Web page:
The political, economic, and social conditions we live in are increasingly shaped by the design of the technologies we interact with on a daily basis. Even though modern computing technology has been widely available to private organizations and citizens only since the 1980s, it has already had profound effects on how we work, socialize, and govern ourselves. These changes have been accelerating in recent years due to a series of breakthroughs in artificial intelligence and robotics. Autonomous systems are now sophisticated enough to perform many tasks that previously would have required the exercise of skilled human judgment. As a result, public and private organizations are increasingly offloading important decision-making tasks to these systems in such various domains as criminal justice, banking, health care, education, communications, and defense. This new technology can help achieve some of our public / social goals, but the availability of an enormous amount of data on all human activity leaves us vulnerable. There are dangers ranging from the perpetuation of bias in algorithmic reasoning and the lack of algorithmic accountability to the use of technology to create “alternative facts.” We must also worry about such issues as data privacy and ownership of data, the increasing power and reach of tech companies of all kinds, tech “solutionism,” and problems with tech addiction and monoculture. And the rapidly changing nature of work threatens to exacerbate reductions in social mobility as inequalities rise.
In the spheres of biotechnology and bioethics, we face related challenges with direct human and societal consequences. Machine learning is increasingly driving decision-making about health and giving rise to new “predictive” approaches to health care but the complexities are so vast that such “block-box” medicine cannot yet be embraced without ethical scrutiny alongside further research to determine efficacy. Nor is there consensus yet about the appropriate use of, and protection for, data and biological specimens. Biotechnology also holds the promise of eradicating diseases before they come into existence through germline editing, and yet scientists are not at the point of accurately gauging the safety or precision of genomic manipulation. Geneticists hope that technology will soon allow us to address some of the great scourges of the developing world, vastly increase the efficiency of crop production, and reduce world hunger. Yet these efforts would come with many risks and raise questions about who decides whether the risks are worth taking, and who should bear the consequences if the risks materialize. How might biomedical innovation affect racial formations and identities? Should we use gene-editing technologies, if adequately developed, only to cure diseases or also to enhance normal functioning? And how might we assure that such enhancements are distributed fairly, such that they do not exacerbate existing wealth-based discrepancies in opportunity? On the other hand, we must also question whether the regulatory environment is stifling innovation, as excessive caution and over-regulation could halt important advancements.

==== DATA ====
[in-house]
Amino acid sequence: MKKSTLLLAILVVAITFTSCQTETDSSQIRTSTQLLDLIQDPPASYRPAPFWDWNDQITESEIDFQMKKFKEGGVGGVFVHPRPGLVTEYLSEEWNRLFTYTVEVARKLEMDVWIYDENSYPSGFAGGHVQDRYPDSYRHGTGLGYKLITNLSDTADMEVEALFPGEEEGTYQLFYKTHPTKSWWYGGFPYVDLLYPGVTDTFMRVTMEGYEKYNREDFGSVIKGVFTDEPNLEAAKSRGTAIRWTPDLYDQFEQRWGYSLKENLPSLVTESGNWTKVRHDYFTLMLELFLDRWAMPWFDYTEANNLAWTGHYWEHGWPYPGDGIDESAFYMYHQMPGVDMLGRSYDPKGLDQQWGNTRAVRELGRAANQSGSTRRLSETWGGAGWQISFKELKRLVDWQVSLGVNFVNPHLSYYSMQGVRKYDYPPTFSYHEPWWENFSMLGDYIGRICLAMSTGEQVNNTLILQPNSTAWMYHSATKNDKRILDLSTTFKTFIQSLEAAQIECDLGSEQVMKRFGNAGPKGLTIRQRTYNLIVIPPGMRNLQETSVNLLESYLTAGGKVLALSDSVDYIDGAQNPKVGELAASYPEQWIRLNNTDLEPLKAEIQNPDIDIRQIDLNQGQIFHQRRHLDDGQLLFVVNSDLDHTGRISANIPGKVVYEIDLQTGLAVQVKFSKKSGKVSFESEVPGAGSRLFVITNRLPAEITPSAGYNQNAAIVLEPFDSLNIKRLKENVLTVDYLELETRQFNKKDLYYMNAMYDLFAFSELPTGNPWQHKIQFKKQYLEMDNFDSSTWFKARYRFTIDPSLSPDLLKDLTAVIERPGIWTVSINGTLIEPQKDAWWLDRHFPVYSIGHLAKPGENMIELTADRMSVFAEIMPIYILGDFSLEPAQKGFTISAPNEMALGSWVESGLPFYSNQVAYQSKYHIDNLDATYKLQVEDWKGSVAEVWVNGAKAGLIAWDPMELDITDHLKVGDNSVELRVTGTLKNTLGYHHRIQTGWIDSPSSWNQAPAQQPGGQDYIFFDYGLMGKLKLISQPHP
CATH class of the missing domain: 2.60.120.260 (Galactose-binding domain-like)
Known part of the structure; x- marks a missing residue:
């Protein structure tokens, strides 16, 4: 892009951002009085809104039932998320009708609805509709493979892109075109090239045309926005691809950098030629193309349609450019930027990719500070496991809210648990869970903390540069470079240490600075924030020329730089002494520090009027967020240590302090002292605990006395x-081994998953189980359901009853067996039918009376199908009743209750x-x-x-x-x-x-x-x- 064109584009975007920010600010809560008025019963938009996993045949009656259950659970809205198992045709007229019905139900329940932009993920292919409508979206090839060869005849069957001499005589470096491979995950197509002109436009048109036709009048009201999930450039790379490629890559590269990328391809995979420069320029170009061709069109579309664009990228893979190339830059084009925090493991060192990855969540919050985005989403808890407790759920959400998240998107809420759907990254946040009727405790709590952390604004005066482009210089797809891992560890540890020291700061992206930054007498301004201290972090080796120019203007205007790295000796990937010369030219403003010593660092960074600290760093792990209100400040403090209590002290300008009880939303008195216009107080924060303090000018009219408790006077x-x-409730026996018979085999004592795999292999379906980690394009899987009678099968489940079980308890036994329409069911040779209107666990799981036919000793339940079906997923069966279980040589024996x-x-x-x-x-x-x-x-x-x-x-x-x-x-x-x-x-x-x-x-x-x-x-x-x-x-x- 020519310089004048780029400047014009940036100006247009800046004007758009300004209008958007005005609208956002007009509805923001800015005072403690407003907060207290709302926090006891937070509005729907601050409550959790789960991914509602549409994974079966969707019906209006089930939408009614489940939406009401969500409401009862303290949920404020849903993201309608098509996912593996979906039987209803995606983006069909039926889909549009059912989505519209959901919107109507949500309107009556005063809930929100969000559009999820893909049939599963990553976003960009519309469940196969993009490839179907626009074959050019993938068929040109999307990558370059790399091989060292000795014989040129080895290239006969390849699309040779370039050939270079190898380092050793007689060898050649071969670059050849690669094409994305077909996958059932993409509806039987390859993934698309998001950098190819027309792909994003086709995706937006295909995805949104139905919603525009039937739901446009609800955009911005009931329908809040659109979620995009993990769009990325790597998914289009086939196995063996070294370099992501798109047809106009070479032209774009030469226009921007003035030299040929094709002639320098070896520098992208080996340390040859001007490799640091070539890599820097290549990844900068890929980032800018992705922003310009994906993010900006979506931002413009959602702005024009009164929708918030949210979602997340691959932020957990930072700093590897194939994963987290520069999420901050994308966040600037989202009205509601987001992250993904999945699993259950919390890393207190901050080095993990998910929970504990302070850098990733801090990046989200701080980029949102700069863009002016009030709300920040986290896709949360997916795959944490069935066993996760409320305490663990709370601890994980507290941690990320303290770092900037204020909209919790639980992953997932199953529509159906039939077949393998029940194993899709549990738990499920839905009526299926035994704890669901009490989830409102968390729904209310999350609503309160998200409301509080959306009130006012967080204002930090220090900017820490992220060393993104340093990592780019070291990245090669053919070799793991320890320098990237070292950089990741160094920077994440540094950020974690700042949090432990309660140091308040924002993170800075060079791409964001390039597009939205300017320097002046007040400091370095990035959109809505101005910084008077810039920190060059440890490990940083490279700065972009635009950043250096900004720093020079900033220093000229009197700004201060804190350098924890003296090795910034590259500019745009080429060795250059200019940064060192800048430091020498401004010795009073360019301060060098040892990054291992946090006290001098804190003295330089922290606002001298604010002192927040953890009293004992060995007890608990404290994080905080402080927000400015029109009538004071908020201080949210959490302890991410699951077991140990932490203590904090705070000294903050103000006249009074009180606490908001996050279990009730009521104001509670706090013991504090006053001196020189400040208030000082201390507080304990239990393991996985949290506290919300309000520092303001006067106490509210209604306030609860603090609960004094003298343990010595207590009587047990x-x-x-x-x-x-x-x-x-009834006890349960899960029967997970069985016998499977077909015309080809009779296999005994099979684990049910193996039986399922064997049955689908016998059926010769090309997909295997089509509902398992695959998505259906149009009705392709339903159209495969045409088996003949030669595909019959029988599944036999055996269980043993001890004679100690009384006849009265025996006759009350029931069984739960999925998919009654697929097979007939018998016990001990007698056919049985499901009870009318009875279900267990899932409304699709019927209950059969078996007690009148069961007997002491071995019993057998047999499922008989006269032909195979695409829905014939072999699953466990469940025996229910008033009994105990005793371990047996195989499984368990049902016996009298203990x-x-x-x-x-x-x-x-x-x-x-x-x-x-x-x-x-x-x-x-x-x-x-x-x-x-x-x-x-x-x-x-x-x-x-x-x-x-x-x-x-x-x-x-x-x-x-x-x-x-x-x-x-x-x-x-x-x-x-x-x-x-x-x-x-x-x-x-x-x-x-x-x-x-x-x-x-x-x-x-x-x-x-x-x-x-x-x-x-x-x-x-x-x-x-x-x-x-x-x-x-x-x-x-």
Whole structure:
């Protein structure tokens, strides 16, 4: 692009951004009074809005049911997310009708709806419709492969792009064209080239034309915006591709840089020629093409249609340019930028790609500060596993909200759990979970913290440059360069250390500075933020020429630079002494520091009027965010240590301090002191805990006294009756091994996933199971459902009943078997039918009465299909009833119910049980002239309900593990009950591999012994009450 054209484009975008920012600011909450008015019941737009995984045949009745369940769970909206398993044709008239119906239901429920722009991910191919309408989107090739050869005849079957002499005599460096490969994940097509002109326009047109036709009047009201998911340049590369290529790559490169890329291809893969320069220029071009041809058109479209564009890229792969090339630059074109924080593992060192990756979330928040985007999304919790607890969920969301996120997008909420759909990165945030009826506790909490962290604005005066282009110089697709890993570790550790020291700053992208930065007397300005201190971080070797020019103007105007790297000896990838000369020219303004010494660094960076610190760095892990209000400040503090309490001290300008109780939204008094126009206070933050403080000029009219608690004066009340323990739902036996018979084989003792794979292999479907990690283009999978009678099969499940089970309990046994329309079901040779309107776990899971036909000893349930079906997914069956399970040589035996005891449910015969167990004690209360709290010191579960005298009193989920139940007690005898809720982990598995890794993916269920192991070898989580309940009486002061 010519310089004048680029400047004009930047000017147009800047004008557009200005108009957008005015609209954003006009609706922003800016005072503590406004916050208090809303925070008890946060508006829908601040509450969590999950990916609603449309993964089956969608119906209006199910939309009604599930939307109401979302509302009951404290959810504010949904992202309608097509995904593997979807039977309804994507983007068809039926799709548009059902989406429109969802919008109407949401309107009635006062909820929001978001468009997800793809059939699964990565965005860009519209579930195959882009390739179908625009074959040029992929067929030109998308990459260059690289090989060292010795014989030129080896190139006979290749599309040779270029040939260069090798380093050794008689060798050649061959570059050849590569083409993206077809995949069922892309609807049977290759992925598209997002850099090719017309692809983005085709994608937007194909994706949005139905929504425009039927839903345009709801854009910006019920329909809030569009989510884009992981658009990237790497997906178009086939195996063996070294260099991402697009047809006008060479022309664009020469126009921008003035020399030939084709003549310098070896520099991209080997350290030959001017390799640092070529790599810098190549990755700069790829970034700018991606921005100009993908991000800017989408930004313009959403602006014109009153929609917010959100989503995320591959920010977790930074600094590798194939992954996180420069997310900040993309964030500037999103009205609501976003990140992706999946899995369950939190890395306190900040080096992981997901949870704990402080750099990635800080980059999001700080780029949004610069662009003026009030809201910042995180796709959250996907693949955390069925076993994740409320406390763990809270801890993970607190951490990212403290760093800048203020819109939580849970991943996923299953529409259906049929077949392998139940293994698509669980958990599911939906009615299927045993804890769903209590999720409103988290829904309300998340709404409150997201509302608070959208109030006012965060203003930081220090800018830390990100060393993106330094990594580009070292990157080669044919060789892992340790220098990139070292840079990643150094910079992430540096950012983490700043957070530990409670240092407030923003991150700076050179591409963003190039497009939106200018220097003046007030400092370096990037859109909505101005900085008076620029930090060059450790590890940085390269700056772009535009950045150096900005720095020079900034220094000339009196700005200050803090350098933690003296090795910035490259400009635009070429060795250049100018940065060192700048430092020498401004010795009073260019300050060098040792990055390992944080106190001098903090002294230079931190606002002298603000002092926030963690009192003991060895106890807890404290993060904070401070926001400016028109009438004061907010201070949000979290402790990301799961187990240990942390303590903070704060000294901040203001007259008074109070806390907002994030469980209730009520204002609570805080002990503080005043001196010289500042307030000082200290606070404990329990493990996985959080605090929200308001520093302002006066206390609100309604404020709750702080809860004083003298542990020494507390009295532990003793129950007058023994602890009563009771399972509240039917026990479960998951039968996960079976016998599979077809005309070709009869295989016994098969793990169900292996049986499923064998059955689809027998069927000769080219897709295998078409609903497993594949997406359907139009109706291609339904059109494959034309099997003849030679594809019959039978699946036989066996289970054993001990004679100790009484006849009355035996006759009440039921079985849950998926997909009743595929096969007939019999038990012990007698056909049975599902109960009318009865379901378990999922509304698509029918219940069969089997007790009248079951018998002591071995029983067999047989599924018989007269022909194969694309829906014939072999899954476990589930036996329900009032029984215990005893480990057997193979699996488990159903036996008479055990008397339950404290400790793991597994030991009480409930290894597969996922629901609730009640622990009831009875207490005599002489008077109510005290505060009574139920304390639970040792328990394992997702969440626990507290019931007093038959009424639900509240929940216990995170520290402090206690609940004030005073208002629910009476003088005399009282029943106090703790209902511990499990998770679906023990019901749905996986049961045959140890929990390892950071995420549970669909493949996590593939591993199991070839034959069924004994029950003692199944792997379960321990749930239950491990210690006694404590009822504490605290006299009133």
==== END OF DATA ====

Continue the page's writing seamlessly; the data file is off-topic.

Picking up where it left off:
The potential impacts that fast-paced innovation in the scientific, medical and technological fields will have on the human experience demand rigorous multi-disciplinary attention and collaboration among academics, scientists, innovators and policy-makers. Our goal for the two years under this theme was to craft a conversation that would help us deepen our collective understanding of the short- and long-term issues emerging at the intersections of ethics, human rights, technology, and the frontiers of the biomedical and biotechnology sectors. We were especially interested in questions of access to these innovations and impacts on the health and welfare of vulnerable populations.